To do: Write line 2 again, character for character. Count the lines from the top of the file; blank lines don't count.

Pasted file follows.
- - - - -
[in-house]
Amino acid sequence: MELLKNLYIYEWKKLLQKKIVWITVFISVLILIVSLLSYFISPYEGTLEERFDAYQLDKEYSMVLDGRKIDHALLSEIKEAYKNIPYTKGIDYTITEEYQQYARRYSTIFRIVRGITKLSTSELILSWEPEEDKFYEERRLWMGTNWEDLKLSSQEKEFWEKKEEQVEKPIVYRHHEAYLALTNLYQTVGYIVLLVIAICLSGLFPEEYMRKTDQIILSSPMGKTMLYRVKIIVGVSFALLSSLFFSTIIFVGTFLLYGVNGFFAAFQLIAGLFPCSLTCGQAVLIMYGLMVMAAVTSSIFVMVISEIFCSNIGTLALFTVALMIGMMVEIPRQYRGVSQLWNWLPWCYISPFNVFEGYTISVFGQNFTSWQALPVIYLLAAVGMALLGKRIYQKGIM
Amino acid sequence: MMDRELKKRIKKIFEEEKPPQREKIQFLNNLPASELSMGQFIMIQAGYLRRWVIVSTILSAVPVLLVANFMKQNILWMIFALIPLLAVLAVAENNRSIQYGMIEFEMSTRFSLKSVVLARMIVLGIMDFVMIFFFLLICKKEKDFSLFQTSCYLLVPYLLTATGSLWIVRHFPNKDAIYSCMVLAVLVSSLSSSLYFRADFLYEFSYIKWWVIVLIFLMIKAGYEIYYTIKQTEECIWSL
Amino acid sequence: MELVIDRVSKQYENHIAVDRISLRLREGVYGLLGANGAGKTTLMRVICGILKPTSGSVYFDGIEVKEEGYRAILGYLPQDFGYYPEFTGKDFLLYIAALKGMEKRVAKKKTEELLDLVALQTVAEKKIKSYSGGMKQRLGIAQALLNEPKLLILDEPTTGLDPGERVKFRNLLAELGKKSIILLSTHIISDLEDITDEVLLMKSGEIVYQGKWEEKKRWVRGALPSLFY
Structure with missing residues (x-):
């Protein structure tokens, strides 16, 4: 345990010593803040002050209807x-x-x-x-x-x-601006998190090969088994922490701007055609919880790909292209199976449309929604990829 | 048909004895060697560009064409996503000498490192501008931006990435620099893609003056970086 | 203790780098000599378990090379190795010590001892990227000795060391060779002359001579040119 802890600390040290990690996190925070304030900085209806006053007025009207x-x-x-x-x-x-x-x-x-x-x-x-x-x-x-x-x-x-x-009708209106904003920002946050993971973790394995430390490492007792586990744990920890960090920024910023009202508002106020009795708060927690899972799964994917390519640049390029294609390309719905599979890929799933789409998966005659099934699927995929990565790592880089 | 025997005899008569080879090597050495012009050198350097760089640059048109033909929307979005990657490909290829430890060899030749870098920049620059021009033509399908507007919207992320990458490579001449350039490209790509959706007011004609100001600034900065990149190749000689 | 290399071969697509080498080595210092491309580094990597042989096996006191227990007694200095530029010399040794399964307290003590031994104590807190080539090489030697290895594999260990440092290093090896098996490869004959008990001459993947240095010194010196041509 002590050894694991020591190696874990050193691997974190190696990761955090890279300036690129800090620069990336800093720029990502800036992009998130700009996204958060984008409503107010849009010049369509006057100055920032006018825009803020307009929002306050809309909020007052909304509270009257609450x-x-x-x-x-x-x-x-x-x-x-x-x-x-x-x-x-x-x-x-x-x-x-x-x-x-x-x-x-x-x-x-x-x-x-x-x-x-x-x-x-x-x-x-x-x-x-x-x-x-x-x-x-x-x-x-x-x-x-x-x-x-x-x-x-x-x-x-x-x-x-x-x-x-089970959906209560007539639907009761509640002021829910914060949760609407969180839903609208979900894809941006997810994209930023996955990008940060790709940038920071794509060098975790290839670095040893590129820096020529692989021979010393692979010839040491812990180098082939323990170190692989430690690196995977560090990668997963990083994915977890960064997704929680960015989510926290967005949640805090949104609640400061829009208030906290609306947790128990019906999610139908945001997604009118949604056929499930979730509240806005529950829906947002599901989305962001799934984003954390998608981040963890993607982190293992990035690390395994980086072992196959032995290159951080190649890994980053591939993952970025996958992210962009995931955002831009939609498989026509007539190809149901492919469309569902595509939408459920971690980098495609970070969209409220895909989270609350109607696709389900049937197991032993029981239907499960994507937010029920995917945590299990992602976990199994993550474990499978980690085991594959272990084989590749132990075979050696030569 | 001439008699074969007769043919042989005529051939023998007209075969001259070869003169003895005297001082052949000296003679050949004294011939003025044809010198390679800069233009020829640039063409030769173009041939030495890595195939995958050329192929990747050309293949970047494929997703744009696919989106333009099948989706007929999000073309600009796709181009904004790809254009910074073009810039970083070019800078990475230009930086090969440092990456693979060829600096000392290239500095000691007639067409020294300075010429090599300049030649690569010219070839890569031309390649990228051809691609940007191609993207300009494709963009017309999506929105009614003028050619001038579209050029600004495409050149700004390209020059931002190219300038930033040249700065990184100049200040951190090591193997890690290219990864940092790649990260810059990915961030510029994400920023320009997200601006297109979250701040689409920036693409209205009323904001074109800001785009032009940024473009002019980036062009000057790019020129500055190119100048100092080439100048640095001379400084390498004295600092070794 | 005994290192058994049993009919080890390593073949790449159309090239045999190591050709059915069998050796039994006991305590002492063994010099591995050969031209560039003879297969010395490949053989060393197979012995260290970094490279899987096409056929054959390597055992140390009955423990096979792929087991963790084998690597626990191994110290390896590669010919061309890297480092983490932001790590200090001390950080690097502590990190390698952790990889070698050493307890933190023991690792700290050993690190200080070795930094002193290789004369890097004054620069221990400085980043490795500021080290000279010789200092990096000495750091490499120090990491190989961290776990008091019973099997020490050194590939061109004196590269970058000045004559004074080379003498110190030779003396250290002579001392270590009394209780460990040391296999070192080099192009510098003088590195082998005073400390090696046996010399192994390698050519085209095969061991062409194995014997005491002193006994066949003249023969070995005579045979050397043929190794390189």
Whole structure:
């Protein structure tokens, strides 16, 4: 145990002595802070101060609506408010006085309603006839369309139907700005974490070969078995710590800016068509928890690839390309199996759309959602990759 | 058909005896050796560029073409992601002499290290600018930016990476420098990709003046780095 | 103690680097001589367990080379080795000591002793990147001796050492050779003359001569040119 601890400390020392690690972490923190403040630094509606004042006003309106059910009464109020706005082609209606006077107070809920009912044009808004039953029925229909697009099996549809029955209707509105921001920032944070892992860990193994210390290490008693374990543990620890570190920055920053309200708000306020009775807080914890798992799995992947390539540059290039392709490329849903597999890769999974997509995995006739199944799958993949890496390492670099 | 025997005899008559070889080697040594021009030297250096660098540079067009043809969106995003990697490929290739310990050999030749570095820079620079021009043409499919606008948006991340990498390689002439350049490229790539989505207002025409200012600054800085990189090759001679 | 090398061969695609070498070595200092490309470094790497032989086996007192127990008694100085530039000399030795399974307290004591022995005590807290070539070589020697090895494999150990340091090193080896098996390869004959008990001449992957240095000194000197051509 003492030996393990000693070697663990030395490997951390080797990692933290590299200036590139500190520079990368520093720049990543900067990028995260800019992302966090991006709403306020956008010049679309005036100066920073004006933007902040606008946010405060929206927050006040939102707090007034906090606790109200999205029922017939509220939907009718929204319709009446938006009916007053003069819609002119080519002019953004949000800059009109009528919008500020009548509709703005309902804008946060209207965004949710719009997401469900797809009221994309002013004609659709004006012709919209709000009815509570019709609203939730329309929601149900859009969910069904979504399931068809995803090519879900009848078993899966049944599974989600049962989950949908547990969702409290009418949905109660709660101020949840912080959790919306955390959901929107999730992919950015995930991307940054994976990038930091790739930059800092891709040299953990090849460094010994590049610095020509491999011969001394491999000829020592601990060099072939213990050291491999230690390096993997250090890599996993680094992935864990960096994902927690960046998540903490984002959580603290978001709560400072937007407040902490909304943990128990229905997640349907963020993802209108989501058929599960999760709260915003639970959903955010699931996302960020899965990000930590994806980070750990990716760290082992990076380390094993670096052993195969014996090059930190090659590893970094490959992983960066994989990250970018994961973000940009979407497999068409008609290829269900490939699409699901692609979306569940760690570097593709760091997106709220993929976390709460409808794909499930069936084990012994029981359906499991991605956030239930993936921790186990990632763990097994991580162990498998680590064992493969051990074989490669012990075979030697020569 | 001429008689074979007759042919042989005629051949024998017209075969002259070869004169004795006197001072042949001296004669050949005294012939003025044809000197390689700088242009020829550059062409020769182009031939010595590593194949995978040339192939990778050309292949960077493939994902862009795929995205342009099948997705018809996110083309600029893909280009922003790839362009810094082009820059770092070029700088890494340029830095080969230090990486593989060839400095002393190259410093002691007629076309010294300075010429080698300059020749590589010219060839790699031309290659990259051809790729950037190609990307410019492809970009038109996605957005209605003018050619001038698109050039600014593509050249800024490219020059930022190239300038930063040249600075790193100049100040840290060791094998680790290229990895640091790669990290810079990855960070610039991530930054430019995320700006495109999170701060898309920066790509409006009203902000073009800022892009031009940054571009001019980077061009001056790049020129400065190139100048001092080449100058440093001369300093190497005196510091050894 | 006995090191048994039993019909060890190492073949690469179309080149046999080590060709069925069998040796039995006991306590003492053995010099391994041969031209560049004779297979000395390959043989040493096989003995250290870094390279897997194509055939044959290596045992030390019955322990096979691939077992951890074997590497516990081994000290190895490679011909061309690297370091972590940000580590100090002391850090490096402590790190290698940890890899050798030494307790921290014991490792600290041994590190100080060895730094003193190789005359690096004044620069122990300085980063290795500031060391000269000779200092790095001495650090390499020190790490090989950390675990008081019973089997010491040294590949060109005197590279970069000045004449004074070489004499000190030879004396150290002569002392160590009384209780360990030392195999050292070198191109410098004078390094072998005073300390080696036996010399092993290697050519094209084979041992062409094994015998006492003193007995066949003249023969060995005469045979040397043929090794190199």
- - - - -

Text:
Amino acid sequence: MELLKNLYIYEWKKLLQKKIVWITVFISVLILIVSLLSYFISPYEGTLEERFDAYQLDKEYSMVLDGRKIDHALLSEIKEAYKNIPYTKGIDYTITEEYQQYARRYSTIFRIVRGITKLSTSELILSWEPEEDKFYEERRLWMGTNWEDLKLSSQEKEFWEKKEEQVEKPIVYRHHEAYLALTNLYQTVGYIVLLVIAICLSGLFPEEYMRKTDQIILSSPMGKTMLYRVKIIVGVSFALLSSLFFSTIIFVGTFLLYGVNGFFAAFQLIAGLFPCSLTCGQAVLIMYGLMVMAAVTSSIFVMVISEIFCSNIGTLALFTVALMIGMMVEIPRQYRGVSQLWNWLPWCYISPFNVFEGYTISVFGQNFTSWQALPVIYLLAAVGMALLGKRIYQKGIM